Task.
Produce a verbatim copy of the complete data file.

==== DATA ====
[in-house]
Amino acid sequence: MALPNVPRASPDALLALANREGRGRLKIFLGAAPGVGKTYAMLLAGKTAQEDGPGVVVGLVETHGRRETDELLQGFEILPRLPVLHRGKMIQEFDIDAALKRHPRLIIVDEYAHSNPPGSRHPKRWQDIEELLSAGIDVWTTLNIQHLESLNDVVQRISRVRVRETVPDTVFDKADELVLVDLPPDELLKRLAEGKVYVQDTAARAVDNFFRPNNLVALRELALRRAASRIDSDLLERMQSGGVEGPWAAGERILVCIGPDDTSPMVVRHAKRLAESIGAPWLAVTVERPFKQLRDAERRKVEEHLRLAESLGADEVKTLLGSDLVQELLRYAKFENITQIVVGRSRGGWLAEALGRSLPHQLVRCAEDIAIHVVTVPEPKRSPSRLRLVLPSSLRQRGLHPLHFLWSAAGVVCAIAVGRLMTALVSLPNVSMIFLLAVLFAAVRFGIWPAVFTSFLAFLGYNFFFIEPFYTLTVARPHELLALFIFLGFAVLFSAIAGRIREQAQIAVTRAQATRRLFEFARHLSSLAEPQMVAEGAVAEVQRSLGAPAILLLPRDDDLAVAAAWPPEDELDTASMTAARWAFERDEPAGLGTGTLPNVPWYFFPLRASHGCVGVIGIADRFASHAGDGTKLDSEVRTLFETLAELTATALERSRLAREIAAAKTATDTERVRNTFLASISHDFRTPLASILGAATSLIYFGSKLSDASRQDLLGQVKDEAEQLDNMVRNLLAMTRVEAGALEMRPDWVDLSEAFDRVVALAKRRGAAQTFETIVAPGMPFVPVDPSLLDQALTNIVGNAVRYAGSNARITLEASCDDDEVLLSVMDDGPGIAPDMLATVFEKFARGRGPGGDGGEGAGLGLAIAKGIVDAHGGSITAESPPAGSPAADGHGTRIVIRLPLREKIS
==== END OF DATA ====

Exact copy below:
[in-house]
Amino acid sequence: MALPNVPRASPDALLALANREGRGRLKIFLGAAPGVGKTYAMLLAGKTAQEDGPGVVVGLVETHGRRETDELLQGFEILPRLPVLHRGKMIQEFDIDAALKRHPRLIIVDEYAHSNPPGSRHPKRWQDIEELLSAGIDVWTTLNIQHLESLNDVVQRISRVRVRETVPDTVFDKADELVLVDLPPDELLKRLAEGKVYVQDTAARAVDNFFRPNNLVALRELALRRAASRIDSDLLERMQSGGVEGPWAAGERILVCIGPDDTSPMVVRHAKRLAESIGAPWLAVTVERPFKQLRDAERRKVEEHLRLAESLGADEVKTLLGSDLVQELLRYAKFENITQIVVGRSRGGWLAEALGRSLPHQLVRCAEDIAIHVVTVPEPKRSPSRLRLVLPSSLRQRGLHPLHFLWSAAGVVCAIAVGRLMTALVSLPNVSMIFLLAVLFAAVRFGIWPAVFTSFLAFLGYNFFFIEPFYTLTVARPHELLALFIFLGFAVLFSAIAGRIREQAQIAVTRAQATRRLFEFARHLSSLAEPQMVAEGAVAEVQRSLGAPAILLLPRDDDLAVAAAWPPEDELDTASMTAARWAFERDEPAGLGTGTLPNVPWYFFPLRASHGCVGVIGIADRFASHAGDGTKLDSEVRTLFETLAELTATALERSRLAREIAAAKTATDTERVRNTFLASISHDFRTPLASILGAATSLIYFGSKLSDASRQDLLGQVKDEAEQLDNMVRNLLAMTRVEAGALEMRPDWVDLSEAFDRVVALAKRRGAAQTFETIVAPGMPFVPVDPSLLDQALTNIVGNAVRYAGSNARITLEASCDDDEVLLSVMDDGPGIAPDMLATVFEKFARGRGPGGDGGEGAGLGLAIAKGIVDAHGGSITAESPPAGSPAADGHGTRIVIRLPLREKIS